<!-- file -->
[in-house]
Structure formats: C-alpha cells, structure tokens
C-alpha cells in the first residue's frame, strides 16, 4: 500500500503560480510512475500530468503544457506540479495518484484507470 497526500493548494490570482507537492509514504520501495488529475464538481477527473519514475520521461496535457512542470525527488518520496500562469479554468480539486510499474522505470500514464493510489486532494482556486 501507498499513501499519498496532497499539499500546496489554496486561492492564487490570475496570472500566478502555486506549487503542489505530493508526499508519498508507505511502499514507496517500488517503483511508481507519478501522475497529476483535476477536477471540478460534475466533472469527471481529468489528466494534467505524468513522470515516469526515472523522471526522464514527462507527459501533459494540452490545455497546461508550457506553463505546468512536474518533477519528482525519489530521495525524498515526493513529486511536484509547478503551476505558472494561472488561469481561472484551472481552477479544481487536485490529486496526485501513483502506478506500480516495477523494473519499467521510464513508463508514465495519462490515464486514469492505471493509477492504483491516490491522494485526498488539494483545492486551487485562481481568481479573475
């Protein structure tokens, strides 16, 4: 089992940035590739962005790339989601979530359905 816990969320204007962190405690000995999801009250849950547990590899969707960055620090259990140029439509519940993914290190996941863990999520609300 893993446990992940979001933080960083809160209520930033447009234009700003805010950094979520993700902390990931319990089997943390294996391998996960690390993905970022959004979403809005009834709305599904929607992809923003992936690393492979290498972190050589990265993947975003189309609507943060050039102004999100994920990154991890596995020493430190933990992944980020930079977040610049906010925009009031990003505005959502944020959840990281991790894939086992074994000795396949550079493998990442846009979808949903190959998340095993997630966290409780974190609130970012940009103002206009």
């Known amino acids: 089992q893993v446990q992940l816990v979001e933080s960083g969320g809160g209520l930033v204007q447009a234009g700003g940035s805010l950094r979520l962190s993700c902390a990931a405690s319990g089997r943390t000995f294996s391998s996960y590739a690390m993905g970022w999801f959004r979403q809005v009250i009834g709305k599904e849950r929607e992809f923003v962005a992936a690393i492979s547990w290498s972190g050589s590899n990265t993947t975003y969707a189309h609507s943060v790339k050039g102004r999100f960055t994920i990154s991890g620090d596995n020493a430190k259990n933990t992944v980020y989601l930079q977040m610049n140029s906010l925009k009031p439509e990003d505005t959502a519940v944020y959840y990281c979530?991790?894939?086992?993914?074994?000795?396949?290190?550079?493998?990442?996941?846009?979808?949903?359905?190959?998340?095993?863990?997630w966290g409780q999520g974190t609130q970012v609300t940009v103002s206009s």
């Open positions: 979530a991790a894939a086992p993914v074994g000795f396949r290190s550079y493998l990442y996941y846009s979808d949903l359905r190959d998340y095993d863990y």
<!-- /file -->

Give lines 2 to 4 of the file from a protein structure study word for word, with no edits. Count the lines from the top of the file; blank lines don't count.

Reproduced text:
Structure formats: C-alpha cells, structure tokens
C-alpha cells in the first residue's frame, strides 16, 4: 500500500503560480510512475500530468503544457506540479495518484484507470 497526500493548494490570482507537492509514504520501495488529475464538481477527473519514475520521461496535457512542470525527488518520496500562469479554468480539486510499474522505470500514464493510489486532494482556486 501507498499513501499519498496532497499539499500546496489554496486561492492564487490570475496570472500566478502555486506549487503542489505530493508526499508519498508507505511502499514507496517500488517503483511508481507519478501522475497529476483535476477536477471540478460534475466533472469527471481529468489528466494534467505524468513522470515516469526515472523522471526522464514527462507527459501533459494540452490545455497546461508550457506553463505546468512536474518533477519528482525519489530521495525524498515526493513529486511536484509547478503551476505558472494561472488561469481561472484551472481552477479544481487536485490529486496526485501513483502506478506500480516495477523494473519499467521510464513508463508514465495519462490515464486514469492505471493509477492504483491516490491522494485526498488539494483545492486551487485562481481568481479573475
């Protein structure tokens, strides 16, 4: 089992940035590739962005790339989601979530359905 816990969320204007962190405690000995999801009250849950547990590899969707960055620090259990140029439509519940993914290190996941863990999520609300 893993446990992940979001933080960083809160209520930033447009234009700003805010950094979520993700902390990931319990089997943390294996391998996960690390993905970022959004979403809005009834709305599904929607992809923003992936690393492979290498972190050589990265993947975003189309609507943060050039102004999100994920990154991890596995020493430190933990992944980020930079977040610049906010925009009031990003505005959502944020959840990281991790894939086992074994000795396949550079493998990442846009979808949903190959998340095993997630966290409780974190609130970012940009103002206009």